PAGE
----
Windows 10 PCs automatically check for updates and install any updates they find. You can take some control over this and have Windows 10 install updates on your schedule, but these options are hidden.
Professional, Enterprise, and Education editions of Windows 10 have access to group policy and registry settings for this, but even Home editions of Windows 10 give you a way to stop updates from automatically downloading.
Prevent Automatic Downloading of Updates on a Specific Connection
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When you set a connection as “metered,” Windows 10 won’t automatically download updates on it. Windows 10 will automatically set certain types of connections — cellular data connections, for example — as metered. However, you can set any connection like as a metered connection.
So, if you don’t want Windows 10 automatically downloading updates on your home network connection, just set it as a metered connection. Windows 10 will automatically download updates when you connect your device to an unmetered network, or when you set the network it’s connected to as unmetered again. And yes, Windows will remember this setting for each individual network, so you can disconnect from that network and reconnect all you like.
Do you have an Internet connection with limited data? Just mark it as metered and Windows 10 won’t automatically download updates on it. If your connection offers unlimited downloads at a specific time — for example, during the middle of the night — you could mark the connection as unmetered occasionally at these times to download updates and mark it as metered after the updates are downloaded.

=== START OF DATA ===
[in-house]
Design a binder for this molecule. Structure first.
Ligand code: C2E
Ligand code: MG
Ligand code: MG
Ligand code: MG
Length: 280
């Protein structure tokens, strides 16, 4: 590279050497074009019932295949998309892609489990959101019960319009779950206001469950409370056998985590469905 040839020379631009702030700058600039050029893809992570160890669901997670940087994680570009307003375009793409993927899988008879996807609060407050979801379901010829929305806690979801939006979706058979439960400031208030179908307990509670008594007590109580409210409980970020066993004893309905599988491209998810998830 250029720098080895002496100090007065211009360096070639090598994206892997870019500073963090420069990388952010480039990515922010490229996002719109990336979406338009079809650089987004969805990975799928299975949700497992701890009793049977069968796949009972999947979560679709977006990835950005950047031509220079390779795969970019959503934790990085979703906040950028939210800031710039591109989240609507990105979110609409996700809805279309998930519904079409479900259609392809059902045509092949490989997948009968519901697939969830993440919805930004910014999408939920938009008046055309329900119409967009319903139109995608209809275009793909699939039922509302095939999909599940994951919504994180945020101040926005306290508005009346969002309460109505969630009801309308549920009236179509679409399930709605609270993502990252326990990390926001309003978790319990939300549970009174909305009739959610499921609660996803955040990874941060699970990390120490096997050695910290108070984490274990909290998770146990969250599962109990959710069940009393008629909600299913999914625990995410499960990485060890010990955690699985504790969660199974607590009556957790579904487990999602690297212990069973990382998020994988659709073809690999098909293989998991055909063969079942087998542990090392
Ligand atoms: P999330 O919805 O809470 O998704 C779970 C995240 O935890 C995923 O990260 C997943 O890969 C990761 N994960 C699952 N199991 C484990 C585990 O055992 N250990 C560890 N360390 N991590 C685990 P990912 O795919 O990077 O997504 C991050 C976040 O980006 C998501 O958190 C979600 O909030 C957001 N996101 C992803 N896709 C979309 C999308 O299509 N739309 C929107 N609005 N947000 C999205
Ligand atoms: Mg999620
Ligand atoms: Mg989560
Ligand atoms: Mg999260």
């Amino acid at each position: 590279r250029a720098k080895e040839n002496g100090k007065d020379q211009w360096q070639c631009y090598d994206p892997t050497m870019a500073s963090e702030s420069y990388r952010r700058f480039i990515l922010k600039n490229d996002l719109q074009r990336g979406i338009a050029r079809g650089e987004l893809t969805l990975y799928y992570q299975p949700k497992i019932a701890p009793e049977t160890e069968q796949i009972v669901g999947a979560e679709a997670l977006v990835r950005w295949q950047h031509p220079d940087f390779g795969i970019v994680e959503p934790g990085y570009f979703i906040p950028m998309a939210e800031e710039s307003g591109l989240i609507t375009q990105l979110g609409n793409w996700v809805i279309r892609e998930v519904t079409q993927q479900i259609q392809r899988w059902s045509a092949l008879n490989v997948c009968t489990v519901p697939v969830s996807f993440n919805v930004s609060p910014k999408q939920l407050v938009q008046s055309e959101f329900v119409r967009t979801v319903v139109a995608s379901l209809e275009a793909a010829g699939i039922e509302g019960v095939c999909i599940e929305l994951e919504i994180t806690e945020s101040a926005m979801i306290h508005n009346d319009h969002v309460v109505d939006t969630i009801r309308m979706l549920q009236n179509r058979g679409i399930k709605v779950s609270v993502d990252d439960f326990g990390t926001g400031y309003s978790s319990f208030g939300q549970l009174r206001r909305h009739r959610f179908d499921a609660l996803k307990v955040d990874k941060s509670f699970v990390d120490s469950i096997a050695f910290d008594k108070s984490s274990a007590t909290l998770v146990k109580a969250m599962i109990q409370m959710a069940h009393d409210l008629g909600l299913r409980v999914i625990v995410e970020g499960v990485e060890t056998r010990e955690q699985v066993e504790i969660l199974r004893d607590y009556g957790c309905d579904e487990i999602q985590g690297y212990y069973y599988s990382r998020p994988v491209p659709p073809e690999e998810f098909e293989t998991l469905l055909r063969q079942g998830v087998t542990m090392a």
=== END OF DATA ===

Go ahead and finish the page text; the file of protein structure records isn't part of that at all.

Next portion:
To change this option, open the Settings app, select Network & Internet, scroll down, and select “Advanced options” below the list of Wi-Fi networks. Enable the “Set as metered connection” option. This option only affects the Wi-Fi network you’re currently connected to, but Windows will remember this setting for each individual Wi-Fi network.
After enabling this option, Windows Update will say “Updates are available. We’ll download the updates as soon as you connect to Wi-Fi, or you can download the updates using your data connection (charges may apply.)” By marking a connection as metered, you’ve tricked Windows into thinking it’s a mobile data connection — for example, you might be tethering your PC to your smartphone. You can click the Download button to download and install updates at your leisure.